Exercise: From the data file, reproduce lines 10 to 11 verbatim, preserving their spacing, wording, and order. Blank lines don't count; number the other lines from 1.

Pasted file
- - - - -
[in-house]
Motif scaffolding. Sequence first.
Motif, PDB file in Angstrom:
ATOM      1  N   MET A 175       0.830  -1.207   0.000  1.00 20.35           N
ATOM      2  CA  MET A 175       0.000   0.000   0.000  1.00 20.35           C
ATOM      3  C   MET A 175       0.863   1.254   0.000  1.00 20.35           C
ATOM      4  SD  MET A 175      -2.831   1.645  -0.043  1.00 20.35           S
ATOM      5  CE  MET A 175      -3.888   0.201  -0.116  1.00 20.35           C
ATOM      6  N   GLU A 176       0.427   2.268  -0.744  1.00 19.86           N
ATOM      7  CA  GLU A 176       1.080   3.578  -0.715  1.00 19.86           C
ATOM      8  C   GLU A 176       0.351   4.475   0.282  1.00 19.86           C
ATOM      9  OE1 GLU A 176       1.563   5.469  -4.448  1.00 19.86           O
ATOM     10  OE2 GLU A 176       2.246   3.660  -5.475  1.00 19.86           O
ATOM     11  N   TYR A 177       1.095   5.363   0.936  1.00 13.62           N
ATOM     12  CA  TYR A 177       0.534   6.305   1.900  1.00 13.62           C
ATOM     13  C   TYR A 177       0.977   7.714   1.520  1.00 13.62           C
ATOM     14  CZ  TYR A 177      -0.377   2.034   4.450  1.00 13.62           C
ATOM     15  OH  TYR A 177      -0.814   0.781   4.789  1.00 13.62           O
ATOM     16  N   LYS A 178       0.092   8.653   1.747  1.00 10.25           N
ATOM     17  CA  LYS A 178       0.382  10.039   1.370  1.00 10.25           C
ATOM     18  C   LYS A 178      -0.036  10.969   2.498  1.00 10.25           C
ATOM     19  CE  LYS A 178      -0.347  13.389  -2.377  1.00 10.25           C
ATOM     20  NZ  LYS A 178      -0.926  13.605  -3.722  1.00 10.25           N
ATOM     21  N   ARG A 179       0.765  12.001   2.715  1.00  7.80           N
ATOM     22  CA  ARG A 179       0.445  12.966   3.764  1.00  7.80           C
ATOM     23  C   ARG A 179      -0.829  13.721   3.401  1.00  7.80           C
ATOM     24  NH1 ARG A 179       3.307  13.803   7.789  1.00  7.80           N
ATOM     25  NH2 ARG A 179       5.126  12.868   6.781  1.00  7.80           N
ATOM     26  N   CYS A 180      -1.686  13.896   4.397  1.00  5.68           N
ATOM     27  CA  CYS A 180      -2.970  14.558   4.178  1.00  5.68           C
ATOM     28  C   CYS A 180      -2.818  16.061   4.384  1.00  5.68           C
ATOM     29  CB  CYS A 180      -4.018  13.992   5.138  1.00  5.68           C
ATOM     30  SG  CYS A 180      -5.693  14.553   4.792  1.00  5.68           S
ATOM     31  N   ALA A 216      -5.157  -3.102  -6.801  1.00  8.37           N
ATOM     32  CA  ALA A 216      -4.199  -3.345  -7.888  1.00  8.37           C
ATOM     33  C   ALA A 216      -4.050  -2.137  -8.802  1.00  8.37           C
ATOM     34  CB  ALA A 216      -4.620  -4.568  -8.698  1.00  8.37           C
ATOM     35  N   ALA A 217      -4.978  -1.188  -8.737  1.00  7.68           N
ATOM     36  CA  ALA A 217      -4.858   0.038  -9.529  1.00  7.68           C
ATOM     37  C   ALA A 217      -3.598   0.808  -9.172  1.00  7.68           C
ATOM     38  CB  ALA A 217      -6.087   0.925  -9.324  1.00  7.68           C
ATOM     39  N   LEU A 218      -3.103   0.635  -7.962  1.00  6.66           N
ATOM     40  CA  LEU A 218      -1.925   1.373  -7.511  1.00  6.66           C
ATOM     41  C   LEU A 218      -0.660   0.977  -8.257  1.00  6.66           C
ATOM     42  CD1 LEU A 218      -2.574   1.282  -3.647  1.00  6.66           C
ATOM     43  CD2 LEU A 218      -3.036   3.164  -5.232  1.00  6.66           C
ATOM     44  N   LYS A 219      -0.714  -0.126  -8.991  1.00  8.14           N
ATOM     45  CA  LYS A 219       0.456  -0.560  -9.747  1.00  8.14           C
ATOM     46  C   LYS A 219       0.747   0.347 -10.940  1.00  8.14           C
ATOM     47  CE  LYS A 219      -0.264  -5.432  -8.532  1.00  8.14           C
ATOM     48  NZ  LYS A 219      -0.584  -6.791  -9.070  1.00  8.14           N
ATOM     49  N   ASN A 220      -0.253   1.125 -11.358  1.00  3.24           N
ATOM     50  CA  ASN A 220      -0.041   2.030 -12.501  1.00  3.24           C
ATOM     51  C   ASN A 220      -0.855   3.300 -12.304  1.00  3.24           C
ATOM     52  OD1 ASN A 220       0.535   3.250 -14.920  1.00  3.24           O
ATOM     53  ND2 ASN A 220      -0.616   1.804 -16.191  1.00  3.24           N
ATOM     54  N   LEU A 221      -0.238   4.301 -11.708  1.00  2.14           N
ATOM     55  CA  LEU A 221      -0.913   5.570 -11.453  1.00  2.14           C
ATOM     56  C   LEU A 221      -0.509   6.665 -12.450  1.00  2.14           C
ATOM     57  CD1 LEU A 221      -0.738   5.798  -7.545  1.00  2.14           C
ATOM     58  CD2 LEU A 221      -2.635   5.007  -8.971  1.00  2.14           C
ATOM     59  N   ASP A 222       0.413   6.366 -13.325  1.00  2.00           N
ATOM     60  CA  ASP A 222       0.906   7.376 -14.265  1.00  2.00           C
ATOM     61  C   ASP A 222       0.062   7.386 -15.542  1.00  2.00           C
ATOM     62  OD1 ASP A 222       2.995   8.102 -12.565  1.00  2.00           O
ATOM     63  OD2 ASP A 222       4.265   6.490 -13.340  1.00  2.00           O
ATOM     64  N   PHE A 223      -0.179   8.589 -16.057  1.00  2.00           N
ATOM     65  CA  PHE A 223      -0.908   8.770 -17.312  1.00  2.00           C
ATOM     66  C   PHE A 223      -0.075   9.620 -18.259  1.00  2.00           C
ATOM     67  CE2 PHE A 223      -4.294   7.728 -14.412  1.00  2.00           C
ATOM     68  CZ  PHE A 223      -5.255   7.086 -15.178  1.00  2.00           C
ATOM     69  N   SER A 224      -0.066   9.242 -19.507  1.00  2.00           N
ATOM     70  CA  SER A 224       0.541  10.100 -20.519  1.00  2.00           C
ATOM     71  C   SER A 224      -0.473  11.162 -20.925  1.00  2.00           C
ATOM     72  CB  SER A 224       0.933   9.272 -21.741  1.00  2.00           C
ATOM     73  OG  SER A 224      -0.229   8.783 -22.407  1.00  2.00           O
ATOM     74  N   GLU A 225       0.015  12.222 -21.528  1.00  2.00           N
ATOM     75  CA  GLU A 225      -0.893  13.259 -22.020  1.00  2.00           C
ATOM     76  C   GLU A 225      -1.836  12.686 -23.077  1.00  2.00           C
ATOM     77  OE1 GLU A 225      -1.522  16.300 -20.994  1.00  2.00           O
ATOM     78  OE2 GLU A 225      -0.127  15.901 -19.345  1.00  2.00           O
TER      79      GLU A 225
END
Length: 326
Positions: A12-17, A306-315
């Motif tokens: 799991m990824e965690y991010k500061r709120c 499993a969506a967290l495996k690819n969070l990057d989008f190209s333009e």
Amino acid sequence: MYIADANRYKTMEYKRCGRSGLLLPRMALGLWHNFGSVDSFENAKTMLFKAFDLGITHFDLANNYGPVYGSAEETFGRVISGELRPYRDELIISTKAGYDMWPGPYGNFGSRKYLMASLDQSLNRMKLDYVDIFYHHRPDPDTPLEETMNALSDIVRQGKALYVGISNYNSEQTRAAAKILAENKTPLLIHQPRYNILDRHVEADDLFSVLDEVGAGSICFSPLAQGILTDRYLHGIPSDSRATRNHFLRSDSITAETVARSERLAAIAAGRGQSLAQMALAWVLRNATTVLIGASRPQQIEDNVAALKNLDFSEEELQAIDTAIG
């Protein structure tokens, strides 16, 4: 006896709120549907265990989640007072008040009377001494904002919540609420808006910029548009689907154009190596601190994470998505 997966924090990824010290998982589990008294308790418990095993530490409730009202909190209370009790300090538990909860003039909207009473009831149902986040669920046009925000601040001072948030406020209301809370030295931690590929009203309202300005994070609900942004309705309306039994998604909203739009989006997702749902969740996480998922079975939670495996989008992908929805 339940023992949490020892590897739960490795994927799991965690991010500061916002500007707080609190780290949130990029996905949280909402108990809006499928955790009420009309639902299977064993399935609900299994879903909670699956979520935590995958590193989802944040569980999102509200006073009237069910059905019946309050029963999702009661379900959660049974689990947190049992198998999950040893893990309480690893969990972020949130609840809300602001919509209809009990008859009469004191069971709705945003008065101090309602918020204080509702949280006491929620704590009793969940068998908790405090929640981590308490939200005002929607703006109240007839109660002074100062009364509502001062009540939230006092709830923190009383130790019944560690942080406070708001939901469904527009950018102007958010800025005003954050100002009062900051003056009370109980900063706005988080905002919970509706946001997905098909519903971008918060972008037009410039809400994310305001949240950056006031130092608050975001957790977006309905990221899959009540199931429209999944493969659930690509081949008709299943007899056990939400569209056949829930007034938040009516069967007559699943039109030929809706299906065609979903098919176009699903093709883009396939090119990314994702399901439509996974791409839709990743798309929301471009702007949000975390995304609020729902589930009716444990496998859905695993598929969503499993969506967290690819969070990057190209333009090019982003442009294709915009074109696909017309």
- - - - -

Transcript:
ATOM      7  CA  GLU A 176       1.080   3.578  -0.715  1.00 19.86           C
ATOM      8  C   GLU A 176       0.351   4.475   0.282  1.00 19.86           C